Led Zeppelin have won the infamous “Stairway to Heaven” copyright battle after the Supreme Court declined to hear the case earlier today. The U.S. Supreme Court’s decision not to hear the case leaves in place last March’s ruling that said Led Zeppelin did not infringe on Spirit’s “Taurus.”
The case had first started in 2014, when journalist Michael Skidmore filed on behalf of the late Robert Wolfe to claim that Led Zeppelin’s iconic “Stairway to Heaven,” which was released in 1971, had allegedly taken the intro from Wolfe’s band Spirit’s 1968 song “Taurus.” Skidmore had become a co-trustee of Wolfe’s estate back in 2006.
A judge ruled against him in 2016, and Skidmore eventually took the case to the 9th Circuit Court of Appeals. Skidmore and his lawyers made the allegation that because the original judge did not require the jury to listen to “Taurus,” and instead only look at the sheet music, that allowed them to rule in Led Zeppelin’s favor.
In September, 2018, a three-panel of judges in the 9th Circuit Court of Appeals had revived the case, ruling that Judge Gary Klausner, who had overseen the 2016 case, gave the jury incorrect instructions. The request to appeal was granted, and a panel of 11 judges planned to hear the case in September 2019. The hearing was later pushed back until March of this year, with the appeal ruling in favor of Led Zeppelin as the 9th Circuit Court of Appeals kept Judge Klausner’s decision.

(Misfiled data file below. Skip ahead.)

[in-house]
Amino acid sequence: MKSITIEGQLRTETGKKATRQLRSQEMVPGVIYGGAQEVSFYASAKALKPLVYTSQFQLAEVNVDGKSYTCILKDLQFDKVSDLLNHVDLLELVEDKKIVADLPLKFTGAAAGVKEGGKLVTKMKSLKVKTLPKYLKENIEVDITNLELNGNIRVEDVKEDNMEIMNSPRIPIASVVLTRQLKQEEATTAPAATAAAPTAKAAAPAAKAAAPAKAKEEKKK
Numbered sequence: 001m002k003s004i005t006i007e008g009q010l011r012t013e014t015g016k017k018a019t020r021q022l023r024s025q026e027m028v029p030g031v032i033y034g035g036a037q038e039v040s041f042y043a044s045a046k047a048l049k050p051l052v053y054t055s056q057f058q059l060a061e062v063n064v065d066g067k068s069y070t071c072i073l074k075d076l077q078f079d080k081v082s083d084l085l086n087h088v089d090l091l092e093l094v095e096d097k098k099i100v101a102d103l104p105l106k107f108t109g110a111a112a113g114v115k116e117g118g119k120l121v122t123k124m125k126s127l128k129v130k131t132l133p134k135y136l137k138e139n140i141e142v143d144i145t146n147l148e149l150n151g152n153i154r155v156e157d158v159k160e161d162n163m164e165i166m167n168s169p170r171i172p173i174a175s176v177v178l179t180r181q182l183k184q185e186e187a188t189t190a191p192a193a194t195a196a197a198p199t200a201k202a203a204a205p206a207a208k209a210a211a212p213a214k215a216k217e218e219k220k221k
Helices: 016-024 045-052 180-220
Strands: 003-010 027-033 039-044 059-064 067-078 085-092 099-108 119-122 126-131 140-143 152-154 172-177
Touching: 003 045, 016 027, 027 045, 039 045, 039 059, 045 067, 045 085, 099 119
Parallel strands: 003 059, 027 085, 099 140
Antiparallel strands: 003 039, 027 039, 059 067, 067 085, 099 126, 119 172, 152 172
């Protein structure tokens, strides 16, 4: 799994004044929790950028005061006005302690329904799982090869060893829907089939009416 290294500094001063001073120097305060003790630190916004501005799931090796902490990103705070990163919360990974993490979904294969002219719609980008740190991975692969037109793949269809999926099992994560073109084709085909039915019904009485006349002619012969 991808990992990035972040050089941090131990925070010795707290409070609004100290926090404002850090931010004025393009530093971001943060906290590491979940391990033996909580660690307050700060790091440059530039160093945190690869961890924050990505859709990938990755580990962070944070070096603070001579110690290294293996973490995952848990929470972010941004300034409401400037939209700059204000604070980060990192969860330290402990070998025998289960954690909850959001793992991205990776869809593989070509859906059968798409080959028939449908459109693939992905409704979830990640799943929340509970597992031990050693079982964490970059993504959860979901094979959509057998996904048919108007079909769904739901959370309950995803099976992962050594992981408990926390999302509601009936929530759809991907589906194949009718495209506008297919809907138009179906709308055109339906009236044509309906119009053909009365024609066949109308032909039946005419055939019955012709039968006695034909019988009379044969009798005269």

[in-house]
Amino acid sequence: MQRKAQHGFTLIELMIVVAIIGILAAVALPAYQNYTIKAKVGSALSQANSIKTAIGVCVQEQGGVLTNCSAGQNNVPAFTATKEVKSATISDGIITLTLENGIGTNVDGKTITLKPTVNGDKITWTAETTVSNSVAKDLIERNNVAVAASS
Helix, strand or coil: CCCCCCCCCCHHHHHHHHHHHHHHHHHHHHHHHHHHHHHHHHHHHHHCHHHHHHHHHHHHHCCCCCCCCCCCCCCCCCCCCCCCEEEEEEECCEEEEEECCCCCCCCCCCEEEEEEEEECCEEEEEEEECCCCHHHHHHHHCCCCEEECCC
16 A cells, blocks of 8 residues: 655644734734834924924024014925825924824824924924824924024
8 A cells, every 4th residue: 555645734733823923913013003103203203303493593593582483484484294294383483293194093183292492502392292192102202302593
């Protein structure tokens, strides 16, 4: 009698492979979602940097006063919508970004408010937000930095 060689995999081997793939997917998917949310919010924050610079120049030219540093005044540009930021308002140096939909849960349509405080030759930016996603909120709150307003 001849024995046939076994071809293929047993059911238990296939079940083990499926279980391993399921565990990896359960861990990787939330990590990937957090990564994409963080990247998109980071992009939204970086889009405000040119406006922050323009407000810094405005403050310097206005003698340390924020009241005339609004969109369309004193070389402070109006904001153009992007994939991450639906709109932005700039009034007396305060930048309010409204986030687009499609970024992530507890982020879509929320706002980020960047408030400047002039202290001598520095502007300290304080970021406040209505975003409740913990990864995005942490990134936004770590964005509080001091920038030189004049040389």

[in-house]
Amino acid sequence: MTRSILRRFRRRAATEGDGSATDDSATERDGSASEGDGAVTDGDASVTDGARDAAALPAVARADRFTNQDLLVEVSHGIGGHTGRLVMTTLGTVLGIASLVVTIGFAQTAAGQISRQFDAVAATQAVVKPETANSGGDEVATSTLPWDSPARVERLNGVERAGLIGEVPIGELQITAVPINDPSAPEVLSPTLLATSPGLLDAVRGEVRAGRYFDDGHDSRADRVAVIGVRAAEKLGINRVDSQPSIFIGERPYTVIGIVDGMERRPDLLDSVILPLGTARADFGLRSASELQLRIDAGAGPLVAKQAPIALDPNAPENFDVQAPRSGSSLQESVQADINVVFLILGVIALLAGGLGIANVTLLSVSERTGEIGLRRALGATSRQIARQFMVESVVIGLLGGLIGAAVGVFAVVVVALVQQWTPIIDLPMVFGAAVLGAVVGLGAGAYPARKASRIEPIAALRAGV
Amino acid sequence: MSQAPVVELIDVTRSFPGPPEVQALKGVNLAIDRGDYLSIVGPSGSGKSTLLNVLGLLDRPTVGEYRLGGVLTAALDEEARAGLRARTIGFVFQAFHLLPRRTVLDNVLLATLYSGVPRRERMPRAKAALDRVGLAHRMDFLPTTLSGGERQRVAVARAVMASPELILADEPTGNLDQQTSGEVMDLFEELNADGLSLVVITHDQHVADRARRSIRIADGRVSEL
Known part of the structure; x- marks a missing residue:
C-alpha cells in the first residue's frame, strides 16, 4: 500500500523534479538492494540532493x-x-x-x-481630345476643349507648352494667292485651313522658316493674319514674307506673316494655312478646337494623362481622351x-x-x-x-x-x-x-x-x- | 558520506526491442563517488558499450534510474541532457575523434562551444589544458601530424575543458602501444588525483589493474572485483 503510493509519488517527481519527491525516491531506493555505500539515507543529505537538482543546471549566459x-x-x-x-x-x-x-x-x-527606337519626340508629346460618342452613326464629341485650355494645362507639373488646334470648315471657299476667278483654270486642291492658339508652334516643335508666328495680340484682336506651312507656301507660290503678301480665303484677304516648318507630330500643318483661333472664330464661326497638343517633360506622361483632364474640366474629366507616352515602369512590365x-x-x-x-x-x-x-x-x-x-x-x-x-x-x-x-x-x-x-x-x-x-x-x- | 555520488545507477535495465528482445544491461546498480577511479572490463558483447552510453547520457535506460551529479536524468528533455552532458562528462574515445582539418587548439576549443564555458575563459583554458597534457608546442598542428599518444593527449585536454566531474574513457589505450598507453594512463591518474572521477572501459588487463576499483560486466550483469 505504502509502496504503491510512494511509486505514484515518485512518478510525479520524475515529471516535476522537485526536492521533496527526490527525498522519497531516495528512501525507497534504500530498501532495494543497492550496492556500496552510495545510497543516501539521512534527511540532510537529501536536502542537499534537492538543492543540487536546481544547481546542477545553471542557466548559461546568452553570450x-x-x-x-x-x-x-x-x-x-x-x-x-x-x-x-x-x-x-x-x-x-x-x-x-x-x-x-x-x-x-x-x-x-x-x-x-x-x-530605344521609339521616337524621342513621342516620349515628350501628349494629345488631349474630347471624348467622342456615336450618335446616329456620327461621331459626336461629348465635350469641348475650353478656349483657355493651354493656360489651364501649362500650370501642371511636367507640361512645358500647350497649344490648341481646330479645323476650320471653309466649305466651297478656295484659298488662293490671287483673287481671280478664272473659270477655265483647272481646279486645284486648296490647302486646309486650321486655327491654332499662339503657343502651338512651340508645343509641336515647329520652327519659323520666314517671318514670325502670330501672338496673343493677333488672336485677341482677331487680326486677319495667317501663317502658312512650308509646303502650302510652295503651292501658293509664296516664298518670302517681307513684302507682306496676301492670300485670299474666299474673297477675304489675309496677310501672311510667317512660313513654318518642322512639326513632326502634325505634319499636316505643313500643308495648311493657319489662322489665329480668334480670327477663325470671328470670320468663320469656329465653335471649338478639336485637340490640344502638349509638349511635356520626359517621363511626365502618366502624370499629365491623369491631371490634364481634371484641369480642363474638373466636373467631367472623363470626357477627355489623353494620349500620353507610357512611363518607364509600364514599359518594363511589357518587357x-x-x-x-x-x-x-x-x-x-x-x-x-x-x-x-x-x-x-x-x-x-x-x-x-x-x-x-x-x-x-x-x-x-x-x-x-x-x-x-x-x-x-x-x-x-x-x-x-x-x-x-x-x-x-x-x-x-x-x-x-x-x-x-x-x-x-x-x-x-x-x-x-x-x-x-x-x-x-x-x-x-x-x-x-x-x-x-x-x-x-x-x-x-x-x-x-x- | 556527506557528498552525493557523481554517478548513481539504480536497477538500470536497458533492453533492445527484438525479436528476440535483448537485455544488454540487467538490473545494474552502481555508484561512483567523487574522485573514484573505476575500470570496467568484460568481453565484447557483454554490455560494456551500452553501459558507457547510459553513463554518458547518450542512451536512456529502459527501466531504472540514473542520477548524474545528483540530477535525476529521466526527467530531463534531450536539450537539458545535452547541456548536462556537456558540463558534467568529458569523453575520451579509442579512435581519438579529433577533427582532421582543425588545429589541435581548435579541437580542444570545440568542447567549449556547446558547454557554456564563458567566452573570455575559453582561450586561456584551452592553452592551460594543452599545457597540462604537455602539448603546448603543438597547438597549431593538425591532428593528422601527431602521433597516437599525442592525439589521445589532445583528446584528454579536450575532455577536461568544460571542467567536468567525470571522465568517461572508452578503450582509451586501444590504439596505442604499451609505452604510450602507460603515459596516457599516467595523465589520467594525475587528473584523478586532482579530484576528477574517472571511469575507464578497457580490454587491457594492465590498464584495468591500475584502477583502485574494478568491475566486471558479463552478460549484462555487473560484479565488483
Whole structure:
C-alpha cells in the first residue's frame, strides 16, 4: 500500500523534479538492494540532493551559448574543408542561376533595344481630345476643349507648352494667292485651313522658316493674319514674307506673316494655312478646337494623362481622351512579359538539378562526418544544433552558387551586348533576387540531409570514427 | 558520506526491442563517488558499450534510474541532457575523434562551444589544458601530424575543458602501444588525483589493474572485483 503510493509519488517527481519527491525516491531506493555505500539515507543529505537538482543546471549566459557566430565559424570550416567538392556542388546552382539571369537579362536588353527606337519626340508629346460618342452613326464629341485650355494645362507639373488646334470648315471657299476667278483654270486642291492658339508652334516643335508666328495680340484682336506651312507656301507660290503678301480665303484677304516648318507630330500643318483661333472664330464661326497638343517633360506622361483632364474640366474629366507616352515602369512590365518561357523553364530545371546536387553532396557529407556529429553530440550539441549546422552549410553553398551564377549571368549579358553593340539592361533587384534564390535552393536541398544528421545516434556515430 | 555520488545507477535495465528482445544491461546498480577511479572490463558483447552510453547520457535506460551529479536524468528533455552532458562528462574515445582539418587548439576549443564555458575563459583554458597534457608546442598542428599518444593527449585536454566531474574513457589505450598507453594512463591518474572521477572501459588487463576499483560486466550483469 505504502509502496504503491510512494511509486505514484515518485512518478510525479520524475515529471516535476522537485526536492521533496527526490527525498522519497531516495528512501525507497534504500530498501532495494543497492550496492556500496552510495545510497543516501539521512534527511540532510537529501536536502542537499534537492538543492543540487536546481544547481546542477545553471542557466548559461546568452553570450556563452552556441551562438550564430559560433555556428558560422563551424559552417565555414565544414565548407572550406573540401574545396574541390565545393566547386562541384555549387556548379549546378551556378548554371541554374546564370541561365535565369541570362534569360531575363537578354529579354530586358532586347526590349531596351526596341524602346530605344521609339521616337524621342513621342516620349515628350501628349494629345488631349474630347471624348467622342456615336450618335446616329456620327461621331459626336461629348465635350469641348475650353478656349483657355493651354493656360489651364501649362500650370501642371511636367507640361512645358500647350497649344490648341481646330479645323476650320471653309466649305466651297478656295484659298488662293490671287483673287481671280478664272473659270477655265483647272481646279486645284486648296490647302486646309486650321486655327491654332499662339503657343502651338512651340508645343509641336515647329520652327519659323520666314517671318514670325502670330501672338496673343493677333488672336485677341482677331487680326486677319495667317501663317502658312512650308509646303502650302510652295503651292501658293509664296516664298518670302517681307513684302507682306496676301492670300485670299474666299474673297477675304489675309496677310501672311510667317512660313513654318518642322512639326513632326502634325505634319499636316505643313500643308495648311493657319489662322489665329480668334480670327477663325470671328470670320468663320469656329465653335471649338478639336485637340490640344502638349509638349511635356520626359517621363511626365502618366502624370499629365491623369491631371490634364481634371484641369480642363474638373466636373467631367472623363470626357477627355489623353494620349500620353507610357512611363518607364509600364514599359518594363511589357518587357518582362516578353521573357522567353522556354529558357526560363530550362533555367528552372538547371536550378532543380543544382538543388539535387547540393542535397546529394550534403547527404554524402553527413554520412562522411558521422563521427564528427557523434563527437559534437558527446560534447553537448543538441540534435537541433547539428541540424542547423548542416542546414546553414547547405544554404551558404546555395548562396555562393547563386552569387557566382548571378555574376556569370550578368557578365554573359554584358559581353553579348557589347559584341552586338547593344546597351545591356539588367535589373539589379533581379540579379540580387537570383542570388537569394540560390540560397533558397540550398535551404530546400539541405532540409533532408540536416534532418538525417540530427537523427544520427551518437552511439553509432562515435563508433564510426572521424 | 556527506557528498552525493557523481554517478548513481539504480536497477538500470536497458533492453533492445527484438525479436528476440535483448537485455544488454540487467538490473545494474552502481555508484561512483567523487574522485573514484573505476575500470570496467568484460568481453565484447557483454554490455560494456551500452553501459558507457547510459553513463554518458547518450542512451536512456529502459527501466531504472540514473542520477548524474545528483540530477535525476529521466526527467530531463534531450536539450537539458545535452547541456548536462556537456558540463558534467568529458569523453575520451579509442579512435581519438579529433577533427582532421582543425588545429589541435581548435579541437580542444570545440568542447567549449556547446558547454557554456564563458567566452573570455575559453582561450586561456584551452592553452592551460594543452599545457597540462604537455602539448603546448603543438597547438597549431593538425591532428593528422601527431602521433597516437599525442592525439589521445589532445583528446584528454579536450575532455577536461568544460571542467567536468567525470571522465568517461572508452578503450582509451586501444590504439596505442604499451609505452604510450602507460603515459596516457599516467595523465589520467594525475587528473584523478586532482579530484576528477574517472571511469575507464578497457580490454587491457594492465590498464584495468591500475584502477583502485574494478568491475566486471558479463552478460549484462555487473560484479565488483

The 9th Court of Appeals decision in favor of Led Zeppelin also overturned the “inverse ratio rule,” which states that the more likely it is for a piece of music to have been heard by anyone, the lower the bar needs to be for proving similarity to that work. One of the most notable copyright cases involving the “inverse ratio rule” had been the 2015 case involving Robin Thicke’s “Blurred Lines.”
“It was a terrible rule,” the attorney who filed an amicus brief in support of Led Zeppelin, Ed McPherson, said to Variety. “If you have a lot of access, that shouldn’t mean there should be a lesser standard to prove copyright infringement. It’s never made sense to me.”
The case had been taken to the Supreme Court back in August as another attempt to appeal, however with the Supreme Court declining to hear the case, the ruling that was in favor of Led Zeppelin remains.